The danger of false prophets isn't just that they are teaching lies, the problem is that they look like 'good' people and even like true followers of God. On the outside they look righteous, but on the inside they are corrupted. Jesus tells us that we will recognize them by their fruits, and second Peter chapter 2 describes in detail what fruits false prophets produce:
They bring in destructive heresies (2 Peter 2:1)
Many people will follow them (2 Peter 2:2)
They have heard the true gospel and gone back to the "defilements of the world" (2 Peter 2:20–22)
They are driven by greed (2 Peter 2:3, 15–16)
They exploit and deceive with their words (2 Peter 2:3)
They are bold, willful and unafraid of God (2 Peter 2:10)
They are like irrational animals, acting on instinct (2 Peter 2:12)
They are adulterous (Jeremiah 23:14) and like to revel in the daytime (2 Peter 2:13)
They are slaves of corruption (2 Peter 2:19)
Thankfully, the gates of hell cannot prevail against the church, and false prophets are no different. In the same chapter on false prophets, Peter reminds the church that "the Lord knows how to rescue the godly from trials, and to keep the unrighteous under punishment until the day of judgement" (2 Peter 2:9). God condemns false prophets with some of the most intense description of judgment in the Bible. God promises that their destruction will be swift (2 Peter 2:3), and "for them the gloom of utter darkness has been reserved" (2 Peter 2:17). If there is a false prophet in your church, among your Christian friends, or in the media that is drawing Christians away from the truth, take heart that for Christians that it is only a trial that will pass. Their wickedness will soon be exposed, or those who are faithfully following Christ will eventually see their fangs through their sheep-like exterior.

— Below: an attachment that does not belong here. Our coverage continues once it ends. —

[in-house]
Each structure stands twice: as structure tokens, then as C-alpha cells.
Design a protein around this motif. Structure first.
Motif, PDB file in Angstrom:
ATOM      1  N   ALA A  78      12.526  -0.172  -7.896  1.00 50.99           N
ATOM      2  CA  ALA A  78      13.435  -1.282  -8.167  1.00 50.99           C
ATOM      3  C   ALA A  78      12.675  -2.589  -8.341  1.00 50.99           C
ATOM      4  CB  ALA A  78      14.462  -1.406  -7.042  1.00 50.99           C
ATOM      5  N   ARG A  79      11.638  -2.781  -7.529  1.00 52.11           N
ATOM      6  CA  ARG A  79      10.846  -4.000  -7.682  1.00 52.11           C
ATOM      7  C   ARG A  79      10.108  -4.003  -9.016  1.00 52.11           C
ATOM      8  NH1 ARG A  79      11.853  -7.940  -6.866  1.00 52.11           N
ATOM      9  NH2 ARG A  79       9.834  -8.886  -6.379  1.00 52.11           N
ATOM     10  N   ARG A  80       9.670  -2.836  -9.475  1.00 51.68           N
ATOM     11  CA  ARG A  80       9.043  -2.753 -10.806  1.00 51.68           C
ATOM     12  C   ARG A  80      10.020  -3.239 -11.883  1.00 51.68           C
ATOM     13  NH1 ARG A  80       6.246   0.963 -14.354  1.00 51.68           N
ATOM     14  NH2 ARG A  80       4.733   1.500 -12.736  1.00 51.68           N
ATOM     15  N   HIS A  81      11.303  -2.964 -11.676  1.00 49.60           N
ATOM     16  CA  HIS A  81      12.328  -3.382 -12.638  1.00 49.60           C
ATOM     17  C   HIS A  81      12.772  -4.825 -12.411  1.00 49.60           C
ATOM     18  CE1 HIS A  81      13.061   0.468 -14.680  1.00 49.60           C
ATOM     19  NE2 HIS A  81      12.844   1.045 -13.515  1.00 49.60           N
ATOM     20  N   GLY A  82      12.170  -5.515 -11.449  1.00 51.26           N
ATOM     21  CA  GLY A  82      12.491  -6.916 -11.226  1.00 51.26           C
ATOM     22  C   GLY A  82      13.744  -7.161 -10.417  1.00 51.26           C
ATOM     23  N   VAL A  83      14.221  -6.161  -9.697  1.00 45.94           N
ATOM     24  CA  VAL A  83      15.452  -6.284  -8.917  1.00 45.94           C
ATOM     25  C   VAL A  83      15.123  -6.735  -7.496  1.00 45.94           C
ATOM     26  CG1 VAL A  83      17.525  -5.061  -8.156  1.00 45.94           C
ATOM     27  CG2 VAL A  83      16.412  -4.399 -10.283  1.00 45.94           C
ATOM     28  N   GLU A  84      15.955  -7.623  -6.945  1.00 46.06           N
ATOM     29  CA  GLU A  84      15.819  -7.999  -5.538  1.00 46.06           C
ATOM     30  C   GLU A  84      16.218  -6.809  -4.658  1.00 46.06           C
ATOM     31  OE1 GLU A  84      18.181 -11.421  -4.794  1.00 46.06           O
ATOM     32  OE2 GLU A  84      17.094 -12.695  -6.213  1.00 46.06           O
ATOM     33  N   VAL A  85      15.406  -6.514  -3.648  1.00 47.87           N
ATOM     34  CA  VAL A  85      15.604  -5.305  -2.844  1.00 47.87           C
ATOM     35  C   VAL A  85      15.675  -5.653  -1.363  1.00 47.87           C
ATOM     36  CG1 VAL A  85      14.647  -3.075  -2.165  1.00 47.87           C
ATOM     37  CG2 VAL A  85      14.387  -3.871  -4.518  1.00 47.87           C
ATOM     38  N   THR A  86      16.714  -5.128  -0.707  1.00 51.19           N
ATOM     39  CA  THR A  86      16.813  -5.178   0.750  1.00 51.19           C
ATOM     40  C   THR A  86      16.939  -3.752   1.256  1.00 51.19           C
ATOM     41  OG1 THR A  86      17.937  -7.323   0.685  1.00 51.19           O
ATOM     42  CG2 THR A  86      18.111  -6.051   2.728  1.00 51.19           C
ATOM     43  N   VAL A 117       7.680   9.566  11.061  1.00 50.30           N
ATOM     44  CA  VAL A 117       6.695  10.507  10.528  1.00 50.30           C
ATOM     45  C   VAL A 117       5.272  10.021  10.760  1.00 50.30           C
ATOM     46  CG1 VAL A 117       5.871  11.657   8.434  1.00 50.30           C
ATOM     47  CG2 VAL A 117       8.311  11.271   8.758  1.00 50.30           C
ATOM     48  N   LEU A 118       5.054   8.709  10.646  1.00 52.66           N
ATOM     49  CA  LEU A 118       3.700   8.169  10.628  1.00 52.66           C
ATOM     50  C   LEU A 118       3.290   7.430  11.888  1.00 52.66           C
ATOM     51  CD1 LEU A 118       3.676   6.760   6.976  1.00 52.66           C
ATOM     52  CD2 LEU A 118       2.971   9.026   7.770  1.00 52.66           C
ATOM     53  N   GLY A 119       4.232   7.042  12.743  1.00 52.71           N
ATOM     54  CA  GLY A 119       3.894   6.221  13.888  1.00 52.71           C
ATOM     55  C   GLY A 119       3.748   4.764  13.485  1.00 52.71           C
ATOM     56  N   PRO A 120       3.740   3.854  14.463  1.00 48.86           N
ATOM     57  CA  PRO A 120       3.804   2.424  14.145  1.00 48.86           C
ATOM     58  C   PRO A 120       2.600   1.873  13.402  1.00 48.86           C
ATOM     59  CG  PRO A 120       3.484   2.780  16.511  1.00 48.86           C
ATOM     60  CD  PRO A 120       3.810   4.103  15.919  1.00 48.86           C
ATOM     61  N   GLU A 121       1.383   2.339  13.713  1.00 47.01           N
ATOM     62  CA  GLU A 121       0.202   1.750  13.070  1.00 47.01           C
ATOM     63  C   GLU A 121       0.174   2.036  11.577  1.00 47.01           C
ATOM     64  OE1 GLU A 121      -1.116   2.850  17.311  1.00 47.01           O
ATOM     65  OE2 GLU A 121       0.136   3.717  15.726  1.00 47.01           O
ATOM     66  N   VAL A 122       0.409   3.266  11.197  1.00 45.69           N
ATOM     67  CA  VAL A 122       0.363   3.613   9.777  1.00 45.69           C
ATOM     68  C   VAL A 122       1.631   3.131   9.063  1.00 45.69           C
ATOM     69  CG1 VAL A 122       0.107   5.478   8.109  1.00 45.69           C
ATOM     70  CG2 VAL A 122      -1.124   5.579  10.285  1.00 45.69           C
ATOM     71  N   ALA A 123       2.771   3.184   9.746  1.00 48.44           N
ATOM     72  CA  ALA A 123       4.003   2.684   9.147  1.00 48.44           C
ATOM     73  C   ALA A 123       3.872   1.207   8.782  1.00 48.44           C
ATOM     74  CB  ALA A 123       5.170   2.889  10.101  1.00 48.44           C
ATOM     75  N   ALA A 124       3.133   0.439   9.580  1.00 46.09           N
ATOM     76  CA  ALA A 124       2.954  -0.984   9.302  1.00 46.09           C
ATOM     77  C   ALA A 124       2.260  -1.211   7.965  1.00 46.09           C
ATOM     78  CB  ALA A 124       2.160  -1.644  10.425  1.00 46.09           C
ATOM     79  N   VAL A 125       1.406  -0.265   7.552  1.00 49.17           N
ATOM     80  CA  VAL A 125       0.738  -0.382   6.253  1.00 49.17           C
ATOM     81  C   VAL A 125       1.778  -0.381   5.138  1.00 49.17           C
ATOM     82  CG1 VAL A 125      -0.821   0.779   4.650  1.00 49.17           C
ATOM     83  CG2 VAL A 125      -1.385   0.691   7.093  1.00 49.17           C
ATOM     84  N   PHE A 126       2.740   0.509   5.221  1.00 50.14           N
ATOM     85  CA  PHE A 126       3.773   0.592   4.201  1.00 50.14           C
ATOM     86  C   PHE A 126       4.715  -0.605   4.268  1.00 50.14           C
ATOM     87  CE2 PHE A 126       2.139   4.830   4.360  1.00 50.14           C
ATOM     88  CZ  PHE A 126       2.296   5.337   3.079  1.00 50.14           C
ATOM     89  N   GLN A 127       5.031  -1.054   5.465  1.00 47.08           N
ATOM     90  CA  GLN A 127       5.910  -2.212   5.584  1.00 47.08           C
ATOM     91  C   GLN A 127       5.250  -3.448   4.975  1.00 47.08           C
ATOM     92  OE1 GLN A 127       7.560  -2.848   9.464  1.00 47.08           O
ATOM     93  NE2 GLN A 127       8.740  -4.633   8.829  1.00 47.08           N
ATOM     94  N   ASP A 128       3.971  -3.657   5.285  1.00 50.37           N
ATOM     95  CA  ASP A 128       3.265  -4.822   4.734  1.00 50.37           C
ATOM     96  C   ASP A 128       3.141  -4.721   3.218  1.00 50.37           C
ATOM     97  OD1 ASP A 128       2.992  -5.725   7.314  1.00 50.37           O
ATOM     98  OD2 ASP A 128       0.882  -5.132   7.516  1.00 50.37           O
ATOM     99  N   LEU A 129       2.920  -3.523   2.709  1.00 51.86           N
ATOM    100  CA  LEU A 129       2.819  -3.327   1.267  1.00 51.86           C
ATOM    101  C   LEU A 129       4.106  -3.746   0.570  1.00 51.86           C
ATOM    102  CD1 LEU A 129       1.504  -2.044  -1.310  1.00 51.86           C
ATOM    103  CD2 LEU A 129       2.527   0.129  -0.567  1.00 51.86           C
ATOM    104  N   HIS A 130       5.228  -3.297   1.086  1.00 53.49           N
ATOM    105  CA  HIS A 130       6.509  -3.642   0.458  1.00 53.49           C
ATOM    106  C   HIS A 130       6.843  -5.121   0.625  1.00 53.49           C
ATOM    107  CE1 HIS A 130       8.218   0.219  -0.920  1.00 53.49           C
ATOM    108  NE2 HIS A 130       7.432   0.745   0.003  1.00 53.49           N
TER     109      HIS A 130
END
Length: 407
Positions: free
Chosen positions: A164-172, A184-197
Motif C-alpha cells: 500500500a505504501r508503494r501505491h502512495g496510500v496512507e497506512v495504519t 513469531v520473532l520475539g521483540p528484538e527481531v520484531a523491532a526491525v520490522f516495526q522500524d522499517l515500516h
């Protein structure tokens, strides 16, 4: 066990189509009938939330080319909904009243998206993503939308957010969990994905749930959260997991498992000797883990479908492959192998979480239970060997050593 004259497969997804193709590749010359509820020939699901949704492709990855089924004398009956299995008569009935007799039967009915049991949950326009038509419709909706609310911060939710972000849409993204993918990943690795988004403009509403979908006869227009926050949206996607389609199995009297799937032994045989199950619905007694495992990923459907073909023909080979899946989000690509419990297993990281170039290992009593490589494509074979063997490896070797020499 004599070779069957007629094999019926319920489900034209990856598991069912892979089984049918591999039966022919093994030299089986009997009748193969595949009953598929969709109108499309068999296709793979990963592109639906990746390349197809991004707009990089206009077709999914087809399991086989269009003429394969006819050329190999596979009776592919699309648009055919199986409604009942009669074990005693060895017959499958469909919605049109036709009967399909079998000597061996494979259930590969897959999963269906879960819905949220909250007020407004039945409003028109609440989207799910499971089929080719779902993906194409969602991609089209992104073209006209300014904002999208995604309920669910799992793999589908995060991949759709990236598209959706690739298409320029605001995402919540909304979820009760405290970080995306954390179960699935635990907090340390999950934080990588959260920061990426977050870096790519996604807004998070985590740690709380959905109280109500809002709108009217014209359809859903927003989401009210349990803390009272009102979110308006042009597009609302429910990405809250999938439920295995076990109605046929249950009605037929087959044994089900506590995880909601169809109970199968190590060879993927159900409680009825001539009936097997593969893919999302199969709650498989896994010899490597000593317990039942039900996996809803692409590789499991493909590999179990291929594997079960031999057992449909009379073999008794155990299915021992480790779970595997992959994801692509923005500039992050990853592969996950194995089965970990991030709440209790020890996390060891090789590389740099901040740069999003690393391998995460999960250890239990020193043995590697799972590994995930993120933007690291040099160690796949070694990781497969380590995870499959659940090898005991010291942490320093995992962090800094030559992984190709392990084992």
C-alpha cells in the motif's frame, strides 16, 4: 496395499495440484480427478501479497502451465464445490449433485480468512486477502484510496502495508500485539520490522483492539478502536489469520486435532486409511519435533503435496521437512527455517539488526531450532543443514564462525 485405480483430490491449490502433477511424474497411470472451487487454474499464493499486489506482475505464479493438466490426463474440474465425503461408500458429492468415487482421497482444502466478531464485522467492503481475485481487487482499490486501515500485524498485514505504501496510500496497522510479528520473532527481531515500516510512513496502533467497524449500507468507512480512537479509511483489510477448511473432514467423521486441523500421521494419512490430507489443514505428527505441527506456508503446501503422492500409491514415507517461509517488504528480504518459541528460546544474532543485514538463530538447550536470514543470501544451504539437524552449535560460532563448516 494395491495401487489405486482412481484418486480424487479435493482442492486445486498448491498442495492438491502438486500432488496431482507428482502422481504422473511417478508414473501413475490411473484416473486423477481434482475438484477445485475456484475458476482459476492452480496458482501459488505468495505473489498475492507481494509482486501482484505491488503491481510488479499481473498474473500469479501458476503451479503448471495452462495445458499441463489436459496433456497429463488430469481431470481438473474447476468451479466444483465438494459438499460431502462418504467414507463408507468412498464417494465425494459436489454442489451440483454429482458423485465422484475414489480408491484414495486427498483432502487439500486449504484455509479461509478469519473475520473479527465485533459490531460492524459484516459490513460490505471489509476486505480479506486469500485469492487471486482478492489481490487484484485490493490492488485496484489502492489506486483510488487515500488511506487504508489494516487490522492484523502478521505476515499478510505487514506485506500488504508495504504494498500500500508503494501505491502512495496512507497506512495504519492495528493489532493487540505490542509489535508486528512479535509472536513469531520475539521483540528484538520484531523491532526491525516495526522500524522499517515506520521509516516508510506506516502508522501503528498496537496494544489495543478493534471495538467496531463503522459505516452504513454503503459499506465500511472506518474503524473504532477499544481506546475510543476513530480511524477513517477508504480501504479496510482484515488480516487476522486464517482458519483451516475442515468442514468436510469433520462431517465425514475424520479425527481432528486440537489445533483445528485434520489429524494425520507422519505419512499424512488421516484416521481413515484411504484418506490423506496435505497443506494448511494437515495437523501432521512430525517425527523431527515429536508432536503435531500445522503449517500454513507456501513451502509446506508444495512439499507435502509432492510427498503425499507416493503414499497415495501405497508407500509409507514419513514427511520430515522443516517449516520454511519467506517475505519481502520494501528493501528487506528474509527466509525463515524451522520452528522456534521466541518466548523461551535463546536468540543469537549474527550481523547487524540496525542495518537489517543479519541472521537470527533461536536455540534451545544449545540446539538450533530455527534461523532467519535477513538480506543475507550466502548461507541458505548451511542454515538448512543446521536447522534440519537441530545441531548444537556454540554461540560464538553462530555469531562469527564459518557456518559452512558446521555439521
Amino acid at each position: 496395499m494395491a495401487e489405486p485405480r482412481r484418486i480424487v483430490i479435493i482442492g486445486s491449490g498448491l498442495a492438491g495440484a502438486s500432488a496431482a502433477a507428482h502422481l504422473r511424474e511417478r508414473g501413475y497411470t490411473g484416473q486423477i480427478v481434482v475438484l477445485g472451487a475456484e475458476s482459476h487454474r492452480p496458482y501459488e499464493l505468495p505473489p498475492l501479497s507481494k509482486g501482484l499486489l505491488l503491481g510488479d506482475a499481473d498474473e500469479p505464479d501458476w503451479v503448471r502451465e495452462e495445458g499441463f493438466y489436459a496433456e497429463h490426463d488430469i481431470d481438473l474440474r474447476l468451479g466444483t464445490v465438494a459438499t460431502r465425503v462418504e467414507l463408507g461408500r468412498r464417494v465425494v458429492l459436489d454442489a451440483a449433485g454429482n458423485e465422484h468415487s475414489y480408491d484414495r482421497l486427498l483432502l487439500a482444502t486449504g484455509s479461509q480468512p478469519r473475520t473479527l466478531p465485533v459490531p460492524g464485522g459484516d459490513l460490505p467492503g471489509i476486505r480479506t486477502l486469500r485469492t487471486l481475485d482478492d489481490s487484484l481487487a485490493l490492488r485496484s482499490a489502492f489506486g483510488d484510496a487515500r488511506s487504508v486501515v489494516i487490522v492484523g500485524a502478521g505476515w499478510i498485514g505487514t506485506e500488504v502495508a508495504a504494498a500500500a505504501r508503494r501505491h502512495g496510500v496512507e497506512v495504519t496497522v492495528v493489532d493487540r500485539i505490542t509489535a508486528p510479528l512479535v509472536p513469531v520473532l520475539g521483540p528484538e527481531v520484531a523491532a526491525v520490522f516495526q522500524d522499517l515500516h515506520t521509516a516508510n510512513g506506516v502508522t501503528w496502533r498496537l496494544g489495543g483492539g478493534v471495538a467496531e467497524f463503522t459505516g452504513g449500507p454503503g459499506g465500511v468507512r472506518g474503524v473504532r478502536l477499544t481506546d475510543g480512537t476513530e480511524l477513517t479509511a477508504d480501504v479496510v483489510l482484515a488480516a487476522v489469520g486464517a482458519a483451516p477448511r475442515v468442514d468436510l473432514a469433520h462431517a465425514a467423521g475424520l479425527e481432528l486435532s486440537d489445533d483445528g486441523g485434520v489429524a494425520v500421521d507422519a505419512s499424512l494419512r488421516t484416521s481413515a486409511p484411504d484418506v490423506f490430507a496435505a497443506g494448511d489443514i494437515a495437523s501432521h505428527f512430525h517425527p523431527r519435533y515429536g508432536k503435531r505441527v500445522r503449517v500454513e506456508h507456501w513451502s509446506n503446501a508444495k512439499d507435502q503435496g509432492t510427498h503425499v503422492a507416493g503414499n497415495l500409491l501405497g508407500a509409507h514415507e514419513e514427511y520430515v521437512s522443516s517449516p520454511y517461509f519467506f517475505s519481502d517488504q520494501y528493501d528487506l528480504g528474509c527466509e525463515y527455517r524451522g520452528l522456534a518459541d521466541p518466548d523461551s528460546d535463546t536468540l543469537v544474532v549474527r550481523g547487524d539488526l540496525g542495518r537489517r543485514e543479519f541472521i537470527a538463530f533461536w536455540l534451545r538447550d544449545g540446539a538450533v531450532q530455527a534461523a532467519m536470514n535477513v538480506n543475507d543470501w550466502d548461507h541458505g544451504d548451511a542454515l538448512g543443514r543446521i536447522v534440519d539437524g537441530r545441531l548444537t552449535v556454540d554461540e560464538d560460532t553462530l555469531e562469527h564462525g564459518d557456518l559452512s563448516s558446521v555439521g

We can pray that false prophets will repent from their errors and that others will not be taken captive. We must also be diligent in studying the truth ourselves. The best way to recognize a falsehood is to be well-versed in the truth. Combat the danger of false prophets by looking to God as the source of truth, compare all that you hear to what He actually says in His Word (the Bible), and share the truth of the gospel with others. God's Word is powerful and necessary for us to live effective lives (2 Timothy 3:16–17; Hebrews 4:12). We can all follow Paul's advice to Timothy: "Do your best to present yourself to God as one approved, a worker who has no need to be ashamed, rightly handling the word of truth" (2 Timothy 2:15).
John gives us a good test for false prophets: "Beloved, do not believe every spirit, but test the spirits to see whether they are from God, for many false prophets have gone out into the world. By this you know the Spirit of God: every spirit that confesses that Jesus Christ has come in the flesh is from God" (1 John 4:1–2). Anyone who is truly speaking the words of the Lord will proclaim Christ's death and resurrection first. What they prophecy will come to pass, their teachings will be in accordance with Scripture, and their ministry will result in changed lives and the spreading of righteous living.